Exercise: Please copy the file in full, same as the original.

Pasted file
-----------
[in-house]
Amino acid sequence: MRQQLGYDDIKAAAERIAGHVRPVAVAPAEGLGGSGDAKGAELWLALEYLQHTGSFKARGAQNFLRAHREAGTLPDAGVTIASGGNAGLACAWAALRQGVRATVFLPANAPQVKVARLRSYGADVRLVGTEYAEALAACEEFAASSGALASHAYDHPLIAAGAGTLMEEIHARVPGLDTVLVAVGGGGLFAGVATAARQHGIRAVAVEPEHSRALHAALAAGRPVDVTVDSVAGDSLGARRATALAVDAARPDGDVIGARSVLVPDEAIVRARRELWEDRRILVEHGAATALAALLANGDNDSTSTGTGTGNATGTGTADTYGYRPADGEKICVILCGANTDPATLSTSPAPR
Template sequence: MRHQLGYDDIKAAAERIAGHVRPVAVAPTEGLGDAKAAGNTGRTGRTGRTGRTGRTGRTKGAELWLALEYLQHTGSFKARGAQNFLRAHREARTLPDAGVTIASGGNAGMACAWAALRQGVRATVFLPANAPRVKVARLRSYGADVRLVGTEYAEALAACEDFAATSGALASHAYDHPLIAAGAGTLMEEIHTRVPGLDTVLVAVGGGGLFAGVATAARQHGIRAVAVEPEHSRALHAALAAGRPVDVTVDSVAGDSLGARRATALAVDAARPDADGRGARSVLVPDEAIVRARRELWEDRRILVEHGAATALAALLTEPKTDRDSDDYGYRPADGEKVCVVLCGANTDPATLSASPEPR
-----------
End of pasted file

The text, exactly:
[in-house]
Amino acid sequence: MRQQLGYDDIKAAAERIAGHVRPVAVAPAEGLGGSGDAKGAELWLALEYLQHTGSFKARGAQNFLRAHREAGTLPDAGVTIASGGNAGLACAWAALRQGVRATVFLPANAPQVKVARLRSYGADVRLVGTEYAEALAACEEFAASSGALASHAYDHPLIAAGAGTLMEEIHARVPGLDTVLVAVGGGGLFAGVATAARQHGIRAVAVEPEHSRALHAALAAGRPVDVTVDSVAGDSLGARRATALAVDAARPDGDVIGARSVLVPDEAIVRARRELWEDRRILVEHGAATALAALLANGDNDSTSTGTGTGNATGTGTADTYGYRPADGEKICVILCGANTDPATLSTSPAPR
Template sequence: MRHQLGYDDIKAAAERIAGHVRPVAVAPTEGLGDAKAAGNTGRTGRTGRTGRTGRTGRTKGAELWLALEYLQHTGSFKARGAQNFLRAHREARTLPDAGVTIASGGNAGMACAWAALRQGVRATVFLPANAPRVKVARLRSYGADVRLVGTEYAEALAACEDFAATSGALASHAYDHPLIAAGAGTLMEEIHTRVPGLDTVLVAVGGGGLFAGVATAARQHGIRAVAVEPEHSRALHAALAAGRPVDVTVDSVAGDSLGARRATALAVDAARPDADGRGARSVLVPDEAIVRARRELWEDRRILVEHGAATALAALLTEPKTDRDSDDYGYRPADGEKVCVVLCGANTDPATLSASPEPR